Plaintiff also argues that Delaware Trust was aware of the terms of the agreement between Plaintiff and the Corporation and is thus bound by the 90 day term of the agreement and precluded from extending the loan. It is uncontroverted, however, that Delaware Trust was not a party to the agreement and did not assent to the agreement. Thus, regardless of any knowledge it may have had of the terms of the agreement, Delaware Trust is not bound by the agreement. 17 Am.Jur.2d, Contracts, Section 294. Plaintiffs clearly assented to the right of the Corporation to make any agreement with the bank regarding the "use" of the collateral by the bank and, as noted earlier, the loan extension was such a "use."

Although Delaware Trust violated no notice requirements in its initial extension of the loan, the retention of the collateral for a period of time in excess of five years raises the question of whether Delaware Trust is, in fact, retaining the collateral in satisfaction of the obligation despite its protestations to the contrary. There must be a reasonable limit to the length of time a secured party is permitted to hold collateral before it is deemed to have exercised its right to retain that collateral in satisfaction of the obligation. The determination of this question is for the trier of fact. Jones v. Morgan, 58 Mich.App. 455, 228 N.W.2d 419, 16 U.C. C.Rep. 1450 (1975). Also at issue is whether in fact Delaware Trust knew that the 1,000 shares of stock belonged to a party other than its debtor.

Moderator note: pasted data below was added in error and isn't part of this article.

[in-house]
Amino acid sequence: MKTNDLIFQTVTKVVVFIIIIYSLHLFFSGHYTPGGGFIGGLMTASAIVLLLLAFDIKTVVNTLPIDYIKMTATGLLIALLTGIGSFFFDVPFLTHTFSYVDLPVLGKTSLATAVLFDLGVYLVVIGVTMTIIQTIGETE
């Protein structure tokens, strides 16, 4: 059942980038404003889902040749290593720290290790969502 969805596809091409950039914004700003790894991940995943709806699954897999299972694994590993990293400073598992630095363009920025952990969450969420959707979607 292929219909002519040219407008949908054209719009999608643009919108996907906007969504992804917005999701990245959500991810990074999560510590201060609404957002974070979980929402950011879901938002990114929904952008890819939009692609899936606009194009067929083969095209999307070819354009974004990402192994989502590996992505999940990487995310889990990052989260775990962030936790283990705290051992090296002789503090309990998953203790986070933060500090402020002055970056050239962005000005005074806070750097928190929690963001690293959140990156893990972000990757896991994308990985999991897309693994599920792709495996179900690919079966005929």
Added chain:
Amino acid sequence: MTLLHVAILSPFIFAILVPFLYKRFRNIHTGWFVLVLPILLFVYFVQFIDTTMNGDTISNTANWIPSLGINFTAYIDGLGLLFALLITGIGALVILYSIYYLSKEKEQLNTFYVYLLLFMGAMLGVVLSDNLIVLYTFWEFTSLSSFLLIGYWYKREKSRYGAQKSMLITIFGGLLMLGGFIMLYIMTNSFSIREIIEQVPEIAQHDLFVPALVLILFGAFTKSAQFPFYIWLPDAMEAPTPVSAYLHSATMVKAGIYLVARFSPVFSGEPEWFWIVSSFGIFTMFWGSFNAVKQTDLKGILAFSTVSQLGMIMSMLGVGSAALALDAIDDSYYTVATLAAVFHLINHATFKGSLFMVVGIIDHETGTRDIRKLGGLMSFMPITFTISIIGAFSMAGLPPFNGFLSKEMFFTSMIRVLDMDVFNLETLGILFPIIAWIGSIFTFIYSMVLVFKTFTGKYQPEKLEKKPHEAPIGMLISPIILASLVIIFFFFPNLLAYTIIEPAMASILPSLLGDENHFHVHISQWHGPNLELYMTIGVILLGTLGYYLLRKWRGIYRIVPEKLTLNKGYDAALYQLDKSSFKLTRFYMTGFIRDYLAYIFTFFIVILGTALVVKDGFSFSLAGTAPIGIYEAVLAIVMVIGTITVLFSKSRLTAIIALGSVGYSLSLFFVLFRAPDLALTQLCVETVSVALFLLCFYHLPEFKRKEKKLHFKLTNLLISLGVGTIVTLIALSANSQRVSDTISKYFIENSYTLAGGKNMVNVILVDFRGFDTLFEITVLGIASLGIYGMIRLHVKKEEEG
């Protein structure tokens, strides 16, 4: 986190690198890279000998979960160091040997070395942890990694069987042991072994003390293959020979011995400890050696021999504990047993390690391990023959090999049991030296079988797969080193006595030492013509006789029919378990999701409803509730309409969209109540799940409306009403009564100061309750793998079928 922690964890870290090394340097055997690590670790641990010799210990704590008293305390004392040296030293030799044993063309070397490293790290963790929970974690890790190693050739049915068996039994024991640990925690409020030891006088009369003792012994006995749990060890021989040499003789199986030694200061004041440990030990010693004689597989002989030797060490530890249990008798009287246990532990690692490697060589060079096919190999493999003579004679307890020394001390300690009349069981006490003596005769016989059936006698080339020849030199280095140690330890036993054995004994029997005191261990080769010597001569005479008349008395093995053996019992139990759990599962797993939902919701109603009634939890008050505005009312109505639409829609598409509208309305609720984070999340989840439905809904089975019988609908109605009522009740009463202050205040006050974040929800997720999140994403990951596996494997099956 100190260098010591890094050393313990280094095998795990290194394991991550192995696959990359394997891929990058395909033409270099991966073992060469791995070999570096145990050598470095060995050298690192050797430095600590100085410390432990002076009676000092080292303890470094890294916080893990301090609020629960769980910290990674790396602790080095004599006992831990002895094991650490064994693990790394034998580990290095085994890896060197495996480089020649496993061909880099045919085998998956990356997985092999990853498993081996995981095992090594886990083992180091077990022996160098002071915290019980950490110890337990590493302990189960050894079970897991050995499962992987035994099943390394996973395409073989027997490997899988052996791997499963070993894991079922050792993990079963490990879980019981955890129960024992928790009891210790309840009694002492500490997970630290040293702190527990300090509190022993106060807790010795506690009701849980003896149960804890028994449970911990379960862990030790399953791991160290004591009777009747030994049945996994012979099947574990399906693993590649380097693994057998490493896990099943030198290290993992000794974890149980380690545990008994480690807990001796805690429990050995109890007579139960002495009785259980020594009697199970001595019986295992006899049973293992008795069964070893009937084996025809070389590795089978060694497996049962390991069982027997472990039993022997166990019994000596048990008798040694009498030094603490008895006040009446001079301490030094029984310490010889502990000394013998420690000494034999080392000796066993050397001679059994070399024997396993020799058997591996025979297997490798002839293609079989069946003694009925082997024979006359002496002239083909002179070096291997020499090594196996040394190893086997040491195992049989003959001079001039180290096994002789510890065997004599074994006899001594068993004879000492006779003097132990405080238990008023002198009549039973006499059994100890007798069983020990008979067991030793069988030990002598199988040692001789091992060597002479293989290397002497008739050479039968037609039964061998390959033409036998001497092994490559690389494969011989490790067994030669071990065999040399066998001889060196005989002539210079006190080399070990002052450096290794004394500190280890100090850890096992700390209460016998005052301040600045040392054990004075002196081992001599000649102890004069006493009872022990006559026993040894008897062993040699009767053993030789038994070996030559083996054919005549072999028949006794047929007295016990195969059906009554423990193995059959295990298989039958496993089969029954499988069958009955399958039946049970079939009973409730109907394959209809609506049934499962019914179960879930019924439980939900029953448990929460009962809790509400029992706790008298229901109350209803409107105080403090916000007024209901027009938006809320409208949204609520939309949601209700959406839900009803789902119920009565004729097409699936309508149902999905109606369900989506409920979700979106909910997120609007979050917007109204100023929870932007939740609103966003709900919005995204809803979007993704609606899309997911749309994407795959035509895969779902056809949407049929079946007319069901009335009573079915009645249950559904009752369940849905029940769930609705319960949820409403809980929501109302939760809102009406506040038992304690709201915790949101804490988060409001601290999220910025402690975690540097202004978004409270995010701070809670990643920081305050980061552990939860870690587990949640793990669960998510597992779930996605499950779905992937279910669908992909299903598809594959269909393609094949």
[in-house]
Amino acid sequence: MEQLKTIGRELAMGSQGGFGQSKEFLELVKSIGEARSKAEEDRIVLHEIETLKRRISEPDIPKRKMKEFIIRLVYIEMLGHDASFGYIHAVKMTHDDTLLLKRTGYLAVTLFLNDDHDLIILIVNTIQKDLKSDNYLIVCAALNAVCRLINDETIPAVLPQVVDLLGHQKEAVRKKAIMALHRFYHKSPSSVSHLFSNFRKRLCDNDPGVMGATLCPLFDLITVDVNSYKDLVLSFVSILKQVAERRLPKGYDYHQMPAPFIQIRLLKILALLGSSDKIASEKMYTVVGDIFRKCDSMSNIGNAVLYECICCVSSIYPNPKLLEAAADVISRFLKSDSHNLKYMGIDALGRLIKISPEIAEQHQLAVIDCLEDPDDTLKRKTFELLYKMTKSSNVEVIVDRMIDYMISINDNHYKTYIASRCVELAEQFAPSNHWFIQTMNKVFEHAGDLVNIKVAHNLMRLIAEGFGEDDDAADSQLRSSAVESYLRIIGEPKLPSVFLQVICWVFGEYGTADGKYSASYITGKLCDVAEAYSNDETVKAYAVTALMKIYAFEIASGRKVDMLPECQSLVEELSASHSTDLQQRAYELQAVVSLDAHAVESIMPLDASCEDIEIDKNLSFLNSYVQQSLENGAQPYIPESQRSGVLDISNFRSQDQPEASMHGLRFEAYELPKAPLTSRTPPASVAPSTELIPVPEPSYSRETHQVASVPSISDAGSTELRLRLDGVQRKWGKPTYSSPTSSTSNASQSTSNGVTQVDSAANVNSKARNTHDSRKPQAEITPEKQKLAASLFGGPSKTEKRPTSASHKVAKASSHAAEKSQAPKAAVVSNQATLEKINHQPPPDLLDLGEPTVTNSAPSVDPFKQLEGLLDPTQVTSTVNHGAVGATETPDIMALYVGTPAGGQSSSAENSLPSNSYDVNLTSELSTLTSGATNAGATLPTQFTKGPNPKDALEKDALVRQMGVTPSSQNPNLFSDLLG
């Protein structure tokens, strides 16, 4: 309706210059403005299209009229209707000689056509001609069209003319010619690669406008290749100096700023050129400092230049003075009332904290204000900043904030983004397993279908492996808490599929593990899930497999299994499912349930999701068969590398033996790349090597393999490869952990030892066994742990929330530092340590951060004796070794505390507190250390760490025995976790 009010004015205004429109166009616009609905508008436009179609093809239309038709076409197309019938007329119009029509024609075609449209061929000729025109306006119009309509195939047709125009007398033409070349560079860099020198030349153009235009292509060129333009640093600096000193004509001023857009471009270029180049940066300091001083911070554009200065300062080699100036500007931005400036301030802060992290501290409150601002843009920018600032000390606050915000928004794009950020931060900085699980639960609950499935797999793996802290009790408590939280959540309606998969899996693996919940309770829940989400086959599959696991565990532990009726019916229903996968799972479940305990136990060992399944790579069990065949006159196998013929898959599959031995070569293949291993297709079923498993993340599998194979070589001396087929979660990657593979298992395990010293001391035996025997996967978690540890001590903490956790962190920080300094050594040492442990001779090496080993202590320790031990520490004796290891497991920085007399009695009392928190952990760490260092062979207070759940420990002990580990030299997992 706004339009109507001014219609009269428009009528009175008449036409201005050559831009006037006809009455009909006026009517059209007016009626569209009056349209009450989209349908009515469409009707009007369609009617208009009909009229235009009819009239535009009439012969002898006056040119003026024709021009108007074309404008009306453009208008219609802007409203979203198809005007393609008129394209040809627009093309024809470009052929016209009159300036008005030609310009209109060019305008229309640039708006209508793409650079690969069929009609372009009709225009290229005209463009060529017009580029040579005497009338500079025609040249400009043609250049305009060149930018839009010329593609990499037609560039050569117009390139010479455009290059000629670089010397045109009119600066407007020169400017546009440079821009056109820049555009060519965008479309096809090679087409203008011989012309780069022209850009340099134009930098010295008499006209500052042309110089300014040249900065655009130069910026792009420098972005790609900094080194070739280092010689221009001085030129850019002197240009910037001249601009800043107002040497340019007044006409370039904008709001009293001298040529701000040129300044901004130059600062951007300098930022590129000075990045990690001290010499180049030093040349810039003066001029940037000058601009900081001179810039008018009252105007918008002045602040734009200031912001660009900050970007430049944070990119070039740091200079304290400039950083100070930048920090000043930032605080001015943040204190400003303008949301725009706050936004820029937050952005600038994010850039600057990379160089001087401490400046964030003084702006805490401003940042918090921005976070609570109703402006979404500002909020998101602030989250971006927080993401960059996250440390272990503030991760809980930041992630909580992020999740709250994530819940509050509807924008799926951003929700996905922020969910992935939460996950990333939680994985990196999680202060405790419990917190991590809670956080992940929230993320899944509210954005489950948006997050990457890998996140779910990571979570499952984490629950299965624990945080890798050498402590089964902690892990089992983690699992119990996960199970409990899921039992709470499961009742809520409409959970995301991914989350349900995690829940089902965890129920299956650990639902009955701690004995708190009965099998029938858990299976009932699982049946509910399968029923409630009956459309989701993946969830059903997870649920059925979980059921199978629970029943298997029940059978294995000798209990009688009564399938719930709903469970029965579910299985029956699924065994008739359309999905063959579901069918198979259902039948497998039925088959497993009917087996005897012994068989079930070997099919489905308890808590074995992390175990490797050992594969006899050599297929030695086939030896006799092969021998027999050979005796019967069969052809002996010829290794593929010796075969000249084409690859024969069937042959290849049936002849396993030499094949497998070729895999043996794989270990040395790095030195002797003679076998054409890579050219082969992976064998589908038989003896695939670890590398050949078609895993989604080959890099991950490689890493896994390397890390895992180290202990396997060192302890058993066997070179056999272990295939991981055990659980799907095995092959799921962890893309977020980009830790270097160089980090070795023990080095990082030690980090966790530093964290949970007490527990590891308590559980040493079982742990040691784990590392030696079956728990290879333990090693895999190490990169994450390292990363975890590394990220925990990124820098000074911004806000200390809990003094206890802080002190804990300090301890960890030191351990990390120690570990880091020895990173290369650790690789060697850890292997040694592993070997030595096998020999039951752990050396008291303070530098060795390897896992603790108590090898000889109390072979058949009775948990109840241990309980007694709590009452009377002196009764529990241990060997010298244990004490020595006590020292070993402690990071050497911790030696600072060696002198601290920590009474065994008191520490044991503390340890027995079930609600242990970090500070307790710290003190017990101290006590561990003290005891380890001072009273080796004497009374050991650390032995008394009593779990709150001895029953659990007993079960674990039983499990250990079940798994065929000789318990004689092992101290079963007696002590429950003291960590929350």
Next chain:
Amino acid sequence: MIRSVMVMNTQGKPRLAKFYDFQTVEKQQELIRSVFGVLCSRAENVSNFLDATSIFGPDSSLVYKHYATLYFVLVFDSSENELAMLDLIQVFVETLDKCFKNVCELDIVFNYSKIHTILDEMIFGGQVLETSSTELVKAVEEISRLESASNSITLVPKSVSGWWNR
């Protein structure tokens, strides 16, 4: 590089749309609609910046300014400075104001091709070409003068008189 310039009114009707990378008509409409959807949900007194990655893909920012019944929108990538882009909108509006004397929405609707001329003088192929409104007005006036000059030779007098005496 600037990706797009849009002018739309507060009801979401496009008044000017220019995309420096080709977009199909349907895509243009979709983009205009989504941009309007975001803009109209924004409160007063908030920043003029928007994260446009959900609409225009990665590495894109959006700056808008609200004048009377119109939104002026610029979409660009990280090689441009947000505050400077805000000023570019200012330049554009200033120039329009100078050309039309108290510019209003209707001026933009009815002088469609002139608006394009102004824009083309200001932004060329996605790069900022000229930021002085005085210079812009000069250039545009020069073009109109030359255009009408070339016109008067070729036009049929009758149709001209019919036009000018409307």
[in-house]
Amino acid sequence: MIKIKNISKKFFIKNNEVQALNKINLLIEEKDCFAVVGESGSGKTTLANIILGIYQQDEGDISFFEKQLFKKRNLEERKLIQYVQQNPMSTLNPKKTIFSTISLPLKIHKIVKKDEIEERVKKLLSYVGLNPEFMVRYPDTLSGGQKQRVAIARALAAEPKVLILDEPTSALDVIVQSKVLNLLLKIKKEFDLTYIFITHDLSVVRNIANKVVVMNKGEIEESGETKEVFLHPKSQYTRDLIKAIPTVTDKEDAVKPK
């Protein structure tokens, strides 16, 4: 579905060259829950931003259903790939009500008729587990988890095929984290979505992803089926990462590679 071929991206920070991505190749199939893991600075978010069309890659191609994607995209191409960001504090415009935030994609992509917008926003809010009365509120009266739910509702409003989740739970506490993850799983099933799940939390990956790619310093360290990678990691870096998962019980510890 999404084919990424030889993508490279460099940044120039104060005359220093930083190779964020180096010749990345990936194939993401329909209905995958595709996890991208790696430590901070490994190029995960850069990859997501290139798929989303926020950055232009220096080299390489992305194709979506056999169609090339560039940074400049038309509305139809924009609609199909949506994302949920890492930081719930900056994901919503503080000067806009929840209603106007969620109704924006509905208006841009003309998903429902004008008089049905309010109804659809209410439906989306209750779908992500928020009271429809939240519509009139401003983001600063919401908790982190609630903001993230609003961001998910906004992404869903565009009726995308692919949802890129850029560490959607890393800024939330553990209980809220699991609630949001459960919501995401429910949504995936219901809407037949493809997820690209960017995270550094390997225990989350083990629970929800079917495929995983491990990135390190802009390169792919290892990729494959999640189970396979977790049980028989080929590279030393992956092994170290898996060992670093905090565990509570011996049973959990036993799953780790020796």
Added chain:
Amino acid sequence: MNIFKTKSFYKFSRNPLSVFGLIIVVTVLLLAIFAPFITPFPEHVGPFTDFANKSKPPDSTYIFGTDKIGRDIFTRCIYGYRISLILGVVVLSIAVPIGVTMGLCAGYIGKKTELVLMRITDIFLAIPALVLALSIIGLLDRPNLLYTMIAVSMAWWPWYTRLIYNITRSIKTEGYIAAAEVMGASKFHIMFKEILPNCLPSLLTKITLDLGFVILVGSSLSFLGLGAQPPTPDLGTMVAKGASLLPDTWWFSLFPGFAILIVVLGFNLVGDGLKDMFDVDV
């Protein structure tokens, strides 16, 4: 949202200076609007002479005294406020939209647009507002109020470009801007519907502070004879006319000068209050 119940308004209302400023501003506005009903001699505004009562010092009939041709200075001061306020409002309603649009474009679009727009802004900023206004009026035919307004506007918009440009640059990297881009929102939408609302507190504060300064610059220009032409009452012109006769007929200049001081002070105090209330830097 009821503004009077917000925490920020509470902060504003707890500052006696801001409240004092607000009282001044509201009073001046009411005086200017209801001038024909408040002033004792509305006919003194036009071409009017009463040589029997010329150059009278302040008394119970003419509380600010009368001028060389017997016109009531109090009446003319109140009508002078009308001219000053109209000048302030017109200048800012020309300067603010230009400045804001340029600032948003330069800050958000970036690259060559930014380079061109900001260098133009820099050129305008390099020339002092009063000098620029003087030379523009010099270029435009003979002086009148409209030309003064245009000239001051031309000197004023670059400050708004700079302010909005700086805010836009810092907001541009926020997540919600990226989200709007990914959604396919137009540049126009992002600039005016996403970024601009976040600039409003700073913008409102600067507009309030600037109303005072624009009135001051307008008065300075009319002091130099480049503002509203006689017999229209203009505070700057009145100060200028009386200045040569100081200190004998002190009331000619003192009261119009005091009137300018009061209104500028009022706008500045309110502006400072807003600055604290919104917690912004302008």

A favorable disposition of these two factual issues would entitle Plaintiff to *579 recover damages under 6 Del.C. 9-507 against Delaware Trust for its violation of the notice guarantees of Del.C. 9-112(b) and 9-505(2). These notice guarantees may not be waived. 6 Del.C. 9-501(3)(c). At any rate, Delaware Trust's motion for summary judgment must be denied. Summary judgment may be granted only where, considering the facts in a light most favorable to the non-moving party, there is no material issue of fact. Pullman, Incorporated v. Phoenix Steel Corporation, Del. Super., 304 A.2d 334, 335 (1973).